Utah’s 2020 Pollen Season is Here

It’s official!  The 2020 pollen season is here!

Each year, the certified pollen counters at Intermountain Allergy and Asthma of Draper collect, count, and report the pollen.

The first spring pollens generally show up in late February, or early March, but the timing varies from year-to-year.  Starting in mid-February, we start “looking” for pollen, and then begin the reporting process once we see significant pollen amounts.

Early March 2020 Pollen Count Findings

On March 3 of this year we found very high numbers of Elm pollen, with low numbers of Cedar, Cottonwood, and Maple/Boxelder (it’s hard to tell Maple and Boxelder apart).  Elm is almost always the first pollen seen in large amounts and typically starts with a bang – which is exactly what happened this year.

What Tree Pollen is the Worst for Allergies?

The most bothersome tree pollen for most people with early spring allergies is not Elm, but Cedar.  In Utah, “Cedar” tree pollen is actually from one of the Juniper tree species. The Juniper trees have traditionally been referred to as “Cedar” trees, and the nickname stuck.  Trees closely related to Junipers are found in all of the dry Intermountain area states.  Large amounts of Cedar/Juniper tree pollen are typically seen in late March through April but may occasionally show up earlier for a day or two if we have had strong winds from the south.

When Do Grass Pollens and Grass Pollen Allergies Start?

As the tree pollen starts to dwindle in May each year, grass will begin pollinating, and the number of people with significant allergy symptoms goes way up.  Grass in this area causes more allergy misery than any other type of pollen.  Grass a very potent trigger for symptoms and it’s everywhere! There is literally nowhere you can go, south of the Arctic Circle, to escape grass pollen.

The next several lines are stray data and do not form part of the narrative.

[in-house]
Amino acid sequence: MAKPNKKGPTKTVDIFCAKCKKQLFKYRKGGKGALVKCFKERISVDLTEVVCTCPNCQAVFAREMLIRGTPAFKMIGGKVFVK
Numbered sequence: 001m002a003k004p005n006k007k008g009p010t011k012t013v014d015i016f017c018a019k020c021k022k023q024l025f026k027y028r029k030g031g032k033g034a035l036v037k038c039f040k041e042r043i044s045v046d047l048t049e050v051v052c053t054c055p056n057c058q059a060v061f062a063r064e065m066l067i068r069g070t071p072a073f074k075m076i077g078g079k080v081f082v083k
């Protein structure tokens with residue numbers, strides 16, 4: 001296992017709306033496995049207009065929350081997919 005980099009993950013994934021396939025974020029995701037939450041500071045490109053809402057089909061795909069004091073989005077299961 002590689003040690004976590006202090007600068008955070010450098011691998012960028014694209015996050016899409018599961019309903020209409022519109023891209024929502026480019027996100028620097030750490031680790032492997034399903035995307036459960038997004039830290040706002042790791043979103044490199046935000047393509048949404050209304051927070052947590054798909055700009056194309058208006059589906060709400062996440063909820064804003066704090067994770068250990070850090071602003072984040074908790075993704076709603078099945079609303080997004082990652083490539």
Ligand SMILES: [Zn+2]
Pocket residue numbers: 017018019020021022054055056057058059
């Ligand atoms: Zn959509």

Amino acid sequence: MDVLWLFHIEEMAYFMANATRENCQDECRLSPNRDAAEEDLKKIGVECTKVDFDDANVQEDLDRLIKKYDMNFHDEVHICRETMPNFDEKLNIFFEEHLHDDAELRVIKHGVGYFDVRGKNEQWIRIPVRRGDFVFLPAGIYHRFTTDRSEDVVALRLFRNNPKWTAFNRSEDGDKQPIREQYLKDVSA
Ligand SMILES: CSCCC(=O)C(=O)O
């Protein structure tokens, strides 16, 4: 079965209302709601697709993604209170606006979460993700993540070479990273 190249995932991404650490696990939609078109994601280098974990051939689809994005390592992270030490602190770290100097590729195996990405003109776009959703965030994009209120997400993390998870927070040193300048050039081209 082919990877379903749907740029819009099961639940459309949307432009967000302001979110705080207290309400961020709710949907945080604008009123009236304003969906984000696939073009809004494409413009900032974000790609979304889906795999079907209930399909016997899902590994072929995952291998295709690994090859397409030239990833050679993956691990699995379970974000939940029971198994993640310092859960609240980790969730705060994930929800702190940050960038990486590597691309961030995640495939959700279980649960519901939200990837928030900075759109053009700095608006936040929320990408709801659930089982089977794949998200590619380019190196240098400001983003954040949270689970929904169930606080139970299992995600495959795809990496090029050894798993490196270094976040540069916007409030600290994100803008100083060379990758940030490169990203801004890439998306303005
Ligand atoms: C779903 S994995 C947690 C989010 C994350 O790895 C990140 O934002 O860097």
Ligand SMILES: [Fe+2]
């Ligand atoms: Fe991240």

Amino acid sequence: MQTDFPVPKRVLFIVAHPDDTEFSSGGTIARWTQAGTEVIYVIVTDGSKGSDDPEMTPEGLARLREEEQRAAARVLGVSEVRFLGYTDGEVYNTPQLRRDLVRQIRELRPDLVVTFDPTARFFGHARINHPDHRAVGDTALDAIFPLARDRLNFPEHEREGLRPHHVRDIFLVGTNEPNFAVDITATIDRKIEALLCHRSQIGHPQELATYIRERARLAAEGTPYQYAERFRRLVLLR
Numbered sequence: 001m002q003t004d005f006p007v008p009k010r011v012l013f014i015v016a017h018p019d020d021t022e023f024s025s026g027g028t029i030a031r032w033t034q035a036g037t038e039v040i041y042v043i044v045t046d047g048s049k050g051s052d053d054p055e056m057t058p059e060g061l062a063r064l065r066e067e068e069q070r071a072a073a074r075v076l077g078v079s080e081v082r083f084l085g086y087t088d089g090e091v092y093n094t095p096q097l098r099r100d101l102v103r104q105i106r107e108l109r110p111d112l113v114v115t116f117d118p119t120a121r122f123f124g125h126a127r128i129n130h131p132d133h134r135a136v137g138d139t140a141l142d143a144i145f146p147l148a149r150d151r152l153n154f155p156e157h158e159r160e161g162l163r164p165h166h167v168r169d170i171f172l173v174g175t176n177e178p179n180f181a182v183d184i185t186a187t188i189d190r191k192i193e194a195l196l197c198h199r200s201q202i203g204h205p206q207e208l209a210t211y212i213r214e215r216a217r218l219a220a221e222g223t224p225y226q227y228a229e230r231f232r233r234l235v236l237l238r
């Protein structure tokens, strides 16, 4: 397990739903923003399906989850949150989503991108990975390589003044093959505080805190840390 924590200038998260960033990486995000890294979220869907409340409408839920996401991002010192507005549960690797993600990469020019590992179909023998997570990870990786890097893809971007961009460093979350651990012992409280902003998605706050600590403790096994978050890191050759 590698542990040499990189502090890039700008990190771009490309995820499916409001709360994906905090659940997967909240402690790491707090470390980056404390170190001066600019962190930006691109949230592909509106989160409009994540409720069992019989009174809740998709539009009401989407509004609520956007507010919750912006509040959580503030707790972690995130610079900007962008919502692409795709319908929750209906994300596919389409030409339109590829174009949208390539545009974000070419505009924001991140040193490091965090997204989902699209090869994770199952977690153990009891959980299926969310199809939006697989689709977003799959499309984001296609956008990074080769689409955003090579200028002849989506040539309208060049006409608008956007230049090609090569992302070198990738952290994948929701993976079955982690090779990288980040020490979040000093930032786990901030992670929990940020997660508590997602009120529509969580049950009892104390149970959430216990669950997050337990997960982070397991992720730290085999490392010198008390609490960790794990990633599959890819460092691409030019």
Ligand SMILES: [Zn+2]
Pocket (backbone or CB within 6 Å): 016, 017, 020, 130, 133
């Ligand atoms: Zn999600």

What Can I Do to Prepare for Utah’s Allergy Season?

As the weather warms, treatment shifts from colds and influenza-type symptoms, with accompanying flares of asthma, to treating nose allergies and eye allergies.  Viruses and pollens can produce a somewhat similar sneezy-stuffy- yucky feeling, but with very different causes. 

This is the time to make sure you have a supply of your allergy medications on hand.  If you use nasal steroids for allergies, start them today!  If you have had terrible allergy symptoms, even while on over-the-counter medications in past years, now is the time to make an appointment with Dr. Harris and make a plan to alleviate allergy symptoms.

Please call (801) 553-1900 for an appointment before the peak of the allergy season.  New patient and check-up appointments are currently available within 24 – 48 hours, but it’s anticipated that waiting time will increase as the pollen count goes up!

New to Intermountain Allergy and Asthma?

If you suffer from allergies or asthma, now is a great time to consider starting professional treatment.  Dr. Harris accepts new patients of all ages and accepts most insurance plans.  If you have questions about insurance coverage, please contact us Intermountain Allergy and Asthma at (801) 553-1900 and we will be happy to assist you.

If you don’t have health insurance, we offer no interest monthly payment options. It is Dr. Harris’ goal to provide the best medical treatment while working with patients to keep costs and payments reasonable.

Thank you for allowing Dr. Harris and his staff at Intermountain Allergy and Asthma of Draper to be part of your health care team – we look forward to seeing you!